to this collection of materials related to the plain packaging of cigarettes.

This sub-site is intended provide access to researchers and governments about the history, research and policy context of proposals for plain packaging of tobacco products.

The plain packaging of cigarettes was first proposed in the late 1980s as part of a generation of package reform proposals, which also included the development of larger and graphic package warnings.  You can trace these developments through the Timeline which also provides links to relevant documents and sources.

In recent years, a number of governments have supported the idea of plain packaging, although none as yet have implemented requirements that would end the use of the cigarette package as a promotional tool.  In 2008, more than 160 nations agreed that the provisions of the Framework Convention on Tobacco Control that controlled advertising and labelling would be best implemented with plain packaging. You can read more about these developments, as well as the growing body of evidence in support of plain packaging by downloading research and related documents.  (Because plain packaging is often studied and proposed in conjunction with other packaging issues, like deceptive terms and colours, you will also find research related to these parallel streams).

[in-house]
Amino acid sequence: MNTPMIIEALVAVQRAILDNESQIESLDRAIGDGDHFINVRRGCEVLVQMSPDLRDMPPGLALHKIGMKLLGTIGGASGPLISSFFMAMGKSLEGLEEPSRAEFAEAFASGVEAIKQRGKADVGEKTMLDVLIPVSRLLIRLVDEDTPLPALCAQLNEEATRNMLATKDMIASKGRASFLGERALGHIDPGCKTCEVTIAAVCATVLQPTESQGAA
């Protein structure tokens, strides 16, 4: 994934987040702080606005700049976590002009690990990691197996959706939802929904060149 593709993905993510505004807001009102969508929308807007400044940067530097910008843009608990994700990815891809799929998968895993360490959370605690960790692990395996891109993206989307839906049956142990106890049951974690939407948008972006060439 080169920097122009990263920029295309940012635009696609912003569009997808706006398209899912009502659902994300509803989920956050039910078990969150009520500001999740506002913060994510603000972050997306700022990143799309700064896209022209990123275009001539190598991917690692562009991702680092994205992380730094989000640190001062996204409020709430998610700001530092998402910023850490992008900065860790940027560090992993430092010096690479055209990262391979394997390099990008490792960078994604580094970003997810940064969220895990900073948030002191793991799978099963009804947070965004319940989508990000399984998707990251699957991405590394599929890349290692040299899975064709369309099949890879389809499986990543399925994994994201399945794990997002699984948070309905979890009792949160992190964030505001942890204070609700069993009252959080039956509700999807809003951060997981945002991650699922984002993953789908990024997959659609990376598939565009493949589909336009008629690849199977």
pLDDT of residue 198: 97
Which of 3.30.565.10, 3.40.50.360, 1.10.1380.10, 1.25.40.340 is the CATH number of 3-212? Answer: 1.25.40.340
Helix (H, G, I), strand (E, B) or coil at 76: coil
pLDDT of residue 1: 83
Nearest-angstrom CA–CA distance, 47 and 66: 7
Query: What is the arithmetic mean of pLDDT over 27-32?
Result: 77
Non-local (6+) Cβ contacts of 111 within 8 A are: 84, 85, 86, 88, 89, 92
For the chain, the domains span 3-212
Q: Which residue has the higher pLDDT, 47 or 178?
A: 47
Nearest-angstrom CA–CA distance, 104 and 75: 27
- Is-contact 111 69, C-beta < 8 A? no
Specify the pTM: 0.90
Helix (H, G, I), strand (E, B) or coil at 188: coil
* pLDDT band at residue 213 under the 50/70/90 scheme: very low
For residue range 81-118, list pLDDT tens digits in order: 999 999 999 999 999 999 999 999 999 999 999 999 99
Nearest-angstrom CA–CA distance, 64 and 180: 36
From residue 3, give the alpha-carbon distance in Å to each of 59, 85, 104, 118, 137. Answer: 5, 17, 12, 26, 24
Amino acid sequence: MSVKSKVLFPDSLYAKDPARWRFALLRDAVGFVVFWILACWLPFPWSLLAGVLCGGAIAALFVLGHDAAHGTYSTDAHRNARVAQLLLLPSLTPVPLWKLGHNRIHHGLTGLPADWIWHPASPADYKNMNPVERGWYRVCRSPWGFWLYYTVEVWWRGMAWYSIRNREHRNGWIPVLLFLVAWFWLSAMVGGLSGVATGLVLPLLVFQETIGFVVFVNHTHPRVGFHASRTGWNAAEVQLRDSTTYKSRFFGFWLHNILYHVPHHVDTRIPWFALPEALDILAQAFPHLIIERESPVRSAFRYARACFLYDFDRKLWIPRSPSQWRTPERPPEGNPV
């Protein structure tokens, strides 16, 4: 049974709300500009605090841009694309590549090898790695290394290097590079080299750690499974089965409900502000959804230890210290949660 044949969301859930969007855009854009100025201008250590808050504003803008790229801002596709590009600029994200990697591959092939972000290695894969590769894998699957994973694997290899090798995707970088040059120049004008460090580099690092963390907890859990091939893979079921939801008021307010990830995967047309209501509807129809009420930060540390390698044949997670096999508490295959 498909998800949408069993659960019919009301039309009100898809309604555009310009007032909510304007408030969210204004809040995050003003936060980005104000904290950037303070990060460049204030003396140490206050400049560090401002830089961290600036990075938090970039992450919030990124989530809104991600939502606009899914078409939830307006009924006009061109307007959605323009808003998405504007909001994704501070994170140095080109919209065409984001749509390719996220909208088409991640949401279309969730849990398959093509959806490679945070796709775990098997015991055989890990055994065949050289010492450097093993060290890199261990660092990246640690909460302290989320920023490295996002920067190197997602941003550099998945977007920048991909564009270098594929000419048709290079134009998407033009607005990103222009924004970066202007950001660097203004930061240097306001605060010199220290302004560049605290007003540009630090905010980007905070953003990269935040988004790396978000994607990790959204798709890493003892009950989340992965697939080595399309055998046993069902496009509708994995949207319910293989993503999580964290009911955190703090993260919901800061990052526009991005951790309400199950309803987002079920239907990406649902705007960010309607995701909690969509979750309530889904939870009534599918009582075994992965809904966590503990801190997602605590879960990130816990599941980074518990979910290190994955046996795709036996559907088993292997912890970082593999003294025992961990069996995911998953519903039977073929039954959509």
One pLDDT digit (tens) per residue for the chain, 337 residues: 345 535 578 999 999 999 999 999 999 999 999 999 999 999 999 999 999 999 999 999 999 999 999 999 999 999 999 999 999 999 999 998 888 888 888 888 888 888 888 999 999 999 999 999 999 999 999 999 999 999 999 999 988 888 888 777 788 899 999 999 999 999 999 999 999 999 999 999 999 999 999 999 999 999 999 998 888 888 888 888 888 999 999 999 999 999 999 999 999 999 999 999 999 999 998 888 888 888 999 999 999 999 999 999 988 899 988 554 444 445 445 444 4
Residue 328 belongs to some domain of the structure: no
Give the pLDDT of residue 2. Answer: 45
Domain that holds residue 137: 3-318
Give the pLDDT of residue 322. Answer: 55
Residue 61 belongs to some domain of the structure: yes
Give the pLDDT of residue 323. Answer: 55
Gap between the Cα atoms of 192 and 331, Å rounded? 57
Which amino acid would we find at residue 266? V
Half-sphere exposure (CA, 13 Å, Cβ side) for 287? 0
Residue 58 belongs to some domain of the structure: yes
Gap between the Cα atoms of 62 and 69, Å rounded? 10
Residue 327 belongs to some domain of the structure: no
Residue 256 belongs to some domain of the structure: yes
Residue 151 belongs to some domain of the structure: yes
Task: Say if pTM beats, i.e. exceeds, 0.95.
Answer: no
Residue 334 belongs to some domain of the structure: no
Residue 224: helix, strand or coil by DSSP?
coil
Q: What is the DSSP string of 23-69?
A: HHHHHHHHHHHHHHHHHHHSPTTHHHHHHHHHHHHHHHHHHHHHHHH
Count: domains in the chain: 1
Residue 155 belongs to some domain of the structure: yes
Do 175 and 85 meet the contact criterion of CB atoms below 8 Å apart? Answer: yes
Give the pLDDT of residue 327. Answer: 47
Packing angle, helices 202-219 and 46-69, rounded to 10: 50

The tobacco industry has consistently opposed the development of policy measures which affect their ability to use tobacco packages. You can access Industry positions to packaging proposals, as well as analysis of their strategies on this site.

If you are looking for Information Products or material you can easily share with others, you can access it here.

Examples of plain packaging Prototypes are available.

Links to other sites:

* Cancer Council Victoria
* Ash Australia tobacco industry activities